This is my second attempt to articulate lessons learned from a recent global Azure implementation for data and analytics. My first blog post became project management centered. You can find project management tips here. While writing it, it became apparent to me that the tool stack isn't the most important thing. I'm pretty hard-core Microsoft, but in the end, success was determined by how well we coached and trained the team -- not what field we played on.
Turning my attention in this blog post to technical success points, please allow me to start off by saying that with over twenty countries dropping data into a shared Azure Data Lake, my use of "global" (above) is no exaggeration. I am truly not making this all up by compiling theories from Microsoft Docs. Second, the most frequent question people ask me is "what tools did you use?", because migrating from on-prem, Microsoft SSIS or Informatica to the cloud can feel like jumping off the high dive at the community pool for the first time. Consequently, I'm going to provide the tool stack list right out of the gate. You can find a supporting diagram for this data architecture here.
Microsoft Azure Tool Stack for Data & Analytics
Hold on, your eyes have already skipped to the list, but before you make an "every man for himself" move and bolt out of the Microsoft community pool, please read my migration blog post. There are options! For example, I just stood up an Azure for Data & Analytics solution that has no logic apps, Azure function, event hub, blob storage, databricks, HDI, or data lake. The solution is not event-driven and takes an ELT (extract, load, and then transform) approach. It reads from sources via Azure Data Factory and writes to an Azure Database logging the ELT activities in an Azure Database as well. Now, how simple is that? Kindly, you don't have to build the Taj MaSolution to be successful. You do have to fully understand your customer's reporting and analysis requirements, and who will be maintaining the solution on a long-term basis.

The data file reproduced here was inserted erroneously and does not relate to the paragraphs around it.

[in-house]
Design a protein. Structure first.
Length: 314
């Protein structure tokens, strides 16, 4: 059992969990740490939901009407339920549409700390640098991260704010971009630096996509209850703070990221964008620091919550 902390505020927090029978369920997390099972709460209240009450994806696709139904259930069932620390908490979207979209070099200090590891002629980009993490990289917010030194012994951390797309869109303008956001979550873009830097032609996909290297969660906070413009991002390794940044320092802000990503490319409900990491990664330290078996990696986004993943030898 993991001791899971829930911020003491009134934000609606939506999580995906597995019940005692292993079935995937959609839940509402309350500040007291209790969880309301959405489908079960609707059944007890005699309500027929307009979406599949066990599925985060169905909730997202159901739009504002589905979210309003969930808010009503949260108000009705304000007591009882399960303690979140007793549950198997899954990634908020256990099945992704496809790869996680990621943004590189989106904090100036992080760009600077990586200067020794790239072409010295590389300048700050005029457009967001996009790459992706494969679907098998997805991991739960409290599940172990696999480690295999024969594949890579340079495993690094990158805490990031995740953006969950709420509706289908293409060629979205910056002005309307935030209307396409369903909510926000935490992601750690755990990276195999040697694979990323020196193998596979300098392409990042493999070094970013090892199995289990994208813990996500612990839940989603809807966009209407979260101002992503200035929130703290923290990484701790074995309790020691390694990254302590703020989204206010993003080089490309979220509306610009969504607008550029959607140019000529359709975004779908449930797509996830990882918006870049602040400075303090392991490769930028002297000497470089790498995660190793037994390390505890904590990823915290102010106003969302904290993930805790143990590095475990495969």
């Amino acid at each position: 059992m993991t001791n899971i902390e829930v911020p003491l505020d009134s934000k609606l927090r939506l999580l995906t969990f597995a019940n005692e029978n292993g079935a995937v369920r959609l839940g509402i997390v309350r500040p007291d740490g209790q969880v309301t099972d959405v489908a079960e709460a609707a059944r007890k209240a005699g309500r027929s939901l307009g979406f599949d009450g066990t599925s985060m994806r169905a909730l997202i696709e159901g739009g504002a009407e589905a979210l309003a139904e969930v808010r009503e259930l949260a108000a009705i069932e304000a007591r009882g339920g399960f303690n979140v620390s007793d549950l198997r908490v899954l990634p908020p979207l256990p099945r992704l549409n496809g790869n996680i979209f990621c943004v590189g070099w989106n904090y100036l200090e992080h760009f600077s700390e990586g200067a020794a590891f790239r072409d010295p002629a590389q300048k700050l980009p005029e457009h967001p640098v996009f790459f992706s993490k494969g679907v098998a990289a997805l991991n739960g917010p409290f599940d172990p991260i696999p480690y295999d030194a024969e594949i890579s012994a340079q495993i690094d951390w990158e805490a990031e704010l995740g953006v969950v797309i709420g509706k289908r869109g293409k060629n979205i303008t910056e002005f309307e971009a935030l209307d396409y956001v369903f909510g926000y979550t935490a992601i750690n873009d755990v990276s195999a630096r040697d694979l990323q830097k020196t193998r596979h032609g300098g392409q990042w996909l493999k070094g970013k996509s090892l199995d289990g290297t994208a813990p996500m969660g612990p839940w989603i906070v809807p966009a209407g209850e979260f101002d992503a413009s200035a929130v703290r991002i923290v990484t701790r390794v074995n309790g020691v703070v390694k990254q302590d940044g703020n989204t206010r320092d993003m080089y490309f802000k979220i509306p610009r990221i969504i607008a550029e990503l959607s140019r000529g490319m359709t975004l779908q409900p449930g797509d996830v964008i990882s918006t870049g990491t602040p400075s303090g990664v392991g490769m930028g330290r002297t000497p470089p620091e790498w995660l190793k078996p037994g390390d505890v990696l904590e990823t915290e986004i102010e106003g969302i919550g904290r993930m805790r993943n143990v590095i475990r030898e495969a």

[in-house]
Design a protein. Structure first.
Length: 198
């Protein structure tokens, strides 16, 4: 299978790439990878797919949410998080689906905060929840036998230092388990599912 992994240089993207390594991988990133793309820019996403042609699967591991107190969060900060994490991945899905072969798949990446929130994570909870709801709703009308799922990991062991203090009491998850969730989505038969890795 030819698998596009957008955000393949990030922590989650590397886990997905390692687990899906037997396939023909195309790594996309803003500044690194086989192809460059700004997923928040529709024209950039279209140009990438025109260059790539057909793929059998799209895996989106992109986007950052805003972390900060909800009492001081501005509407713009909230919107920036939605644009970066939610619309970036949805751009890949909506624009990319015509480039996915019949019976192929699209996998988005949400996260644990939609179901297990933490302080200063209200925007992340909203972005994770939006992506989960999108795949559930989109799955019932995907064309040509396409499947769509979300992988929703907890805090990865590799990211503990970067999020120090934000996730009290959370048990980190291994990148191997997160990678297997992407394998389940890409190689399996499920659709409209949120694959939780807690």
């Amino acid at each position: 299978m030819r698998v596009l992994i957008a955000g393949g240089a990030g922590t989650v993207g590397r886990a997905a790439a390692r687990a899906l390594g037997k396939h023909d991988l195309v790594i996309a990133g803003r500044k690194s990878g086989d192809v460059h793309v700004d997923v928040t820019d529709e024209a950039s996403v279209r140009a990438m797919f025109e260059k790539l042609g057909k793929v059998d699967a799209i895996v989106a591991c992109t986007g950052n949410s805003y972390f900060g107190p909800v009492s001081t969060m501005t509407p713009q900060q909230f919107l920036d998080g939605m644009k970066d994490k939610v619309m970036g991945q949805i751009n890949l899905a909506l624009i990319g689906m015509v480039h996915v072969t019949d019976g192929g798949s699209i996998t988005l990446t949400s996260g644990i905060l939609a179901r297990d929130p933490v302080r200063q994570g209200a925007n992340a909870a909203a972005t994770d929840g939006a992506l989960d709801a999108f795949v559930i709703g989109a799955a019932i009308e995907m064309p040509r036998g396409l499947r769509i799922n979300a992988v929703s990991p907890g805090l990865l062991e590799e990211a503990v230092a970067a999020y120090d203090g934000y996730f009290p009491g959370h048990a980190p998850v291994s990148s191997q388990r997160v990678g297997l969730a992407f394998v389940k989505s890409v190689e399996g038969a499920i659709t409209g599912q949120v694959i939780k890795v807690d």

If you still wish to swan dive into the pool, here's the list!
Disclaimer: This blog post will not address Analysis Services or Power BI as these are about data delivery and my focus today is data ingestion.
Technical Critical Success Points (CSP)
Every single line item above has CSPs. How long do you want to hang out with me reading? I'm with you! Consequently, here are my top three CSP areas.
Azure Data Factory (ADF)
Azure Data Lake (ADL)
Data Driven Ingestion Methodology
Wrapping It Up
It is only honest to share three supporting applications that help to make all of this possible.
Link to creating a Python project in Visual Studio.
Link to Azure SQL Data Warehouse Data Tools (Schema Compare) preview information. At the writing of this post, it still has to be requested from Microsoft and direct feedback to Microsoft is expected.
Link to integrate Azure Data Factory with GitHub.
Link to integrate Databricks with GitHub.
Below are example of data driven metadata and environment properties. Both are in JSON format.
A Bit of Humor Before You Go
Just for fun, here are some of my favorite sayings in no certain order
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